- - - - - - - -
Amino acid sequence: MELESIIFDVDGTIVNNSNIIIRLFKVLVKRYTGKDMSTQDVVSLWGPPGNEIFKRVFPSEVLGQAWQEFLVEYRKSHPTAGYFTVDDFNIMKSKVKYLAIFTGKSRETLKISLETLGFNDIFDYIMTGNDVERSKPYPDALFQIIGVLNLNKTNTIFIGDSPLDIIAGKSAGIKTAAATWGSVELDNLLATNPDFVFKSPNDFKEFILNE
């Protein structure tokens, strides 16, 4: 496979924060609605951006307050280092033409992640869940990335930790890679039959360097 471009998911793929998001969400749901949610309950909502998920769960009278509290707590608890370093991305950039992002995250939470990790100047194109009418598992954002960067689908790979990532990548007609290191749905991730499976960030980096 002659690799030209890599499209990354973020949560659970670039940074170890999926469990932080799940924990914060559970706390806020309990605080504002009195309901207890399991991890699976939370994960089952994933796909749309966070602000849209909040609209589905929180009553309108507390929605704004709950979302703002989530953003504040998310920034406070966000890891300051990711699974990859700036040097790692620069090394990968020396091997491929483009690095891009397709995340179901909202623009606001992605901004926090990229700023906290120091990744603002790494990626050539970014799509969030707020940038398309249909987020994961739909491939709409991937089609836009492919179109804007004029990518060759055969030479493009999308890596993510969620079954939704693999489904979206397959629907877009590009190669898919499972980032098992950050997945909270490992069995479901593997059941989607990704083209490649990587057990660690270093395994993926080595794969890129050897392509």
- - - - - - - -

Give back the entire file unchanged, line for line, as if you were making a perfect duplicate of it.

Amino acid sequence: MELESIIFDVDGTIVNNSNIIIRLFKVLVKRYTGKDMSTQDVVSLWGPPGNEIFKRVFPSEVLGQAWQEFLVEYRKSHPTAGYFTVDDFNIMKSKVKYLAIFTGKSRETLKISLETLGFNDIFDYIMTGNDVERSKPYPDALFQIIGVLNLNKTNTIFIGDSPLDIIAGKSAGIKTAAATWGSVELDNLLATNPDFVFKSPNDFKEFILNE
């Protein structure tokens, strides 16, 4: 496979924060609605951006307050280092033409992640869940990335930790890679039959360097 471009998911793929998001969400749901949610309950909502998920769960009278509290707590608890370093991305950039992002995250939470990790100047194109009418598992954002960067689908790979990532990548007609290191749905991730499976960030980096 002659690799030209890599499209990354973020949560659970670039940074170890999926469990932080799940924990914060559970706390806020309990605080504002009195309901207890399991991890699976939370994960089952994933796909749309966070602000849209909040609209589905929180009553309108507390929605704004709950979302703002989530953003504040998310920034406070966000890891300051990711699974990859700036040097790692620069090394990968020396091997491929483009690095891009397709995340179901909202623009606001992605901004926090990229700023906290120091990744603002790494990626050539970014799509969030707020940038398309249909987020994961739909491939709409991937089609836009492919179109804007004029990518060759055969030479493009999308890596993510969620079954939704693999489904979206397959629907877009590009190669898919499972980032098992950050997945909270490992069995479901593997059941989607990704083209490649990587057990660690270093395994993926080595794969890129050897392509």